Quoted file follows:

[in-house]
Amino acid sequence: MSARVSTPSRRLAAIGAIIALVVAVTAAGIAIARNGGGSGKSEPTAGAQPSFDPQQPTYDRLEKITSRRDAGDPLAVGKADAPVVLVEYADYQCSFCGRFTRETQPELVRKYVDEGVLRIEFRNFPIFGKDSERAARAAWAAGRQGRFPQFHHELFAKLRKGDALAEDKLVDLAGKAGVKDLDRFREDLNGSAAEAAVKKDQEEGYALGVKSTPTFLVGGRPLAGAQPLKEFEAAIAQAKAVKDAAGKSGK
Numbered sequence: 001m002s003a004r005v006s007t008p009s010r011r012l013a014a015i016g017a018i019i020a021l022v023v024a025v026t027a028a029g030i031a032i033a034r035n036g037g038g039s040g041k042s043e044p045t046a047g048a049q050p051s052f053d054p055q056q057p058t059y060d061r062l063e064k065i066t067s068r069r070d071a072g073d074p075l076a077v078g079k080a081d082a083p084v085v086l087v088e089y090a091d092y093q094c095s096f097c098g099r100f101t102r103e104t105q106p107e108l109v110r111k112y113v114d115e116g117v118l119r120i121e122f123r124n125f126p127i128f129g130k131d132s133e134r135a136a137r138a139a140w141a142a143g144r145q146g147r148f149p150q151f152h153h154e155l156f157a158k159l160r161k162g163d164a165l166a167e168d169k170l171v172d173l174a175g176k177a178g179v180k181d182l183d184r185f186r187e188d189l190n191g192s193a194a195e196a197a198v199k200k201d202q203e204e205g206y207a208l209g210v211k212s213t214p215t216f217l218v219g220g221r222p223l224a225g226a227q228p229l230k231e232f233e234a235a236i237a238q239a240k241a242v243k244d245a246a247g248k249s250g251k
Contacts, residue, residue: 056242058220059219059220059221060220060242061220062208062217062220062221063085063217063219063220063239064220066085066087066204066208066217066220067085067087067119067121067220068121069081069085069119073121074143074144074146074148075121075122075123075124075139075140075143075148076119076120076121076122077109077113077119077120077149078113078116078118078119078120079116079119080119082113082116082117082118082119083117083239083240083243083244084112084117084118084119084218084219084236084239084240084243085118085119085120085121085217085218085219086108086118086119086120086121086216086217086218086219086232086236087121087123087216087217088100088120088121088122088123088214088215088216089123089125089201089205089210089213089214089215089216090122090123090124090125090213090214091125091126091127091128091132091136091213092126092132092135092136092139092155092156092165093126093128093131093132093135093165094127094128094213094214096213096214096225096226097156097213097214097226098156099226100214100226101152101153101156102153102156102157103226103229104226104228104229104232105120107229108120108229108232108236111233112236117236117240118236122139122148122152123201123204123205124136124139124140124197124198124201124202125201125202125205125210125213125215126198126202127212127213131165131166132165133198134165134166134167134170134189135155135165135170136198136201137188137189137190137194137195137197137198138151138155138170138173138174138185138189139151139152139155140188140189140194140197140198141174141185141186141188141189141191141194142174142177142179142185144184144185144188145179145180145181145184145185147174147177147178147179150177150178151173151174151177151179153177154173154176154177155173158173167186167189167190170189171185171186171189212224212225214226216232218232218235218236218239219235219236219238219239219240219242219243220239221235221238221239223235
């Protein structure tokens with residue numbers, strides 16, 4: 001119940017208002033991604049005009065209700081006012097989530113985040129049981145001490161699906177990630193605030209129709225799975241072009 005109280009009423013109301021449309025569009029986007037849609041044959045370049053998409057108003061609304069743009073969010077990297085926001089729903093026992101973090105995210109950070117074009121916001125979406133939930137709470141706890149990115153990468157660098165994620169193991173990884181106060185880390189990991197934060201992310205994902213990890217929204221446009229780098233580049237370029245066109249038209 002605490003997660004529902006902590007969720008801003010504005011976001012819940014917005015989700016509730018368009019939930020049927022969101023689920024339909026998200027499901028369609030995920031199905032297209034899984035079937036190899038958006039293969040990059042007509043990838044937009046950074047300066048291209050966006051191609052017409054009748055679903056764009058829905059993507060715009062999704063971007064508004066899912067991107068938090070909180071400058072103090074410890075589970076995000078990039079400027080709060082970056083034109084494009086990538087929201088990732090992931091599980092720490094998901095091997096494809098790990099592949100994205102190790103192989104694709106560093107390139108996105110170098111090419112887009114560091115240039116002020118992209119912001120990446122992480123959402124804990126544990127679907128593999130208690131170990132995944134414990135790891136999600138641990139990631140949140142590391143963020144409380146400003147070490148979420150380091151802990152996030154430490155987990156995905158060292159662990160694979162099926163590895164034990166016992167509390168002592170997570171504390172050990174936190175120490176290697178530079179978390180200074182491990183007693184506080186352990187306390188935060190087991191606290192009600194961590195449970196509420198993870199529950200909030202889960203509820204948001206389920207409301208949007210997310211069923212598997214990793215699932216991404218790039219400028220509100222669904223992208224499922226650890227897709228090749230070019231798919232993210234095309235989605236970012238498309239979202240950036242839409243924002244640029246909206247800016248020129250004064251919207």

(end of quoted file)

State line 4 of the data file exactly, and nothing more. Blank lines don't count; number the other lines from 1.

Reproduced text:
Contacts, residue, residue: 056242058220059219059220059221060220060242061220062208062217062220062221063085063217063219063220063239064220066085066087066204066208066217066220067085067087067119067121067220068121069081069085069119073121074143074144074146074148075121075122075123075124075139075140075143075148076119076120076121076122077109077113077119077120077149078113078116078118078119078120079116079119080119082113082116082117082118082119083117083239083240083243083244084112084117084118084119084218084219084236084239084240084243085118085119085120085121085217085218085219086108086118086119086120086121086216086217086218086219086232086236087121087123087216087217088100088120088121088122088123088214088215088216089123089125089201089205089210089213089214089215089216090122090123090124090125090213090214091125091126091127091128091132091136091213092126092132092135092136092139092155092156092165093126093128093131093132093135093165094127094128094213094214096213096214096225096226097156097213097214097226098156099226100214100226101152101153101156102153102156102157103226103229104226104228104229104232105120107229108120108229108232108236111233112236117236117240118236122139122148122152123201123204123205124136124139124140124197124198124201124202125201125202125205125210125213125215126198126202127212127213131165131166132165133198134165134166134167134170134189135155135165135170136198136201137188137189137190137194137195137197137198138151138155138170138173138174138185138189139151139152139155140188140189140194140197140198141174141185141186141188141189141191141194142174142177142179142185144184144185144188145179145180145181145184145185147174147177147178147179150177150178151173151174151177151179153177154173154176154177155173158173167186167189167190170189171185171186171189212224212225214226216232218232218235218236218239219235219236219238219239219240219242219243220239221235221238221239223235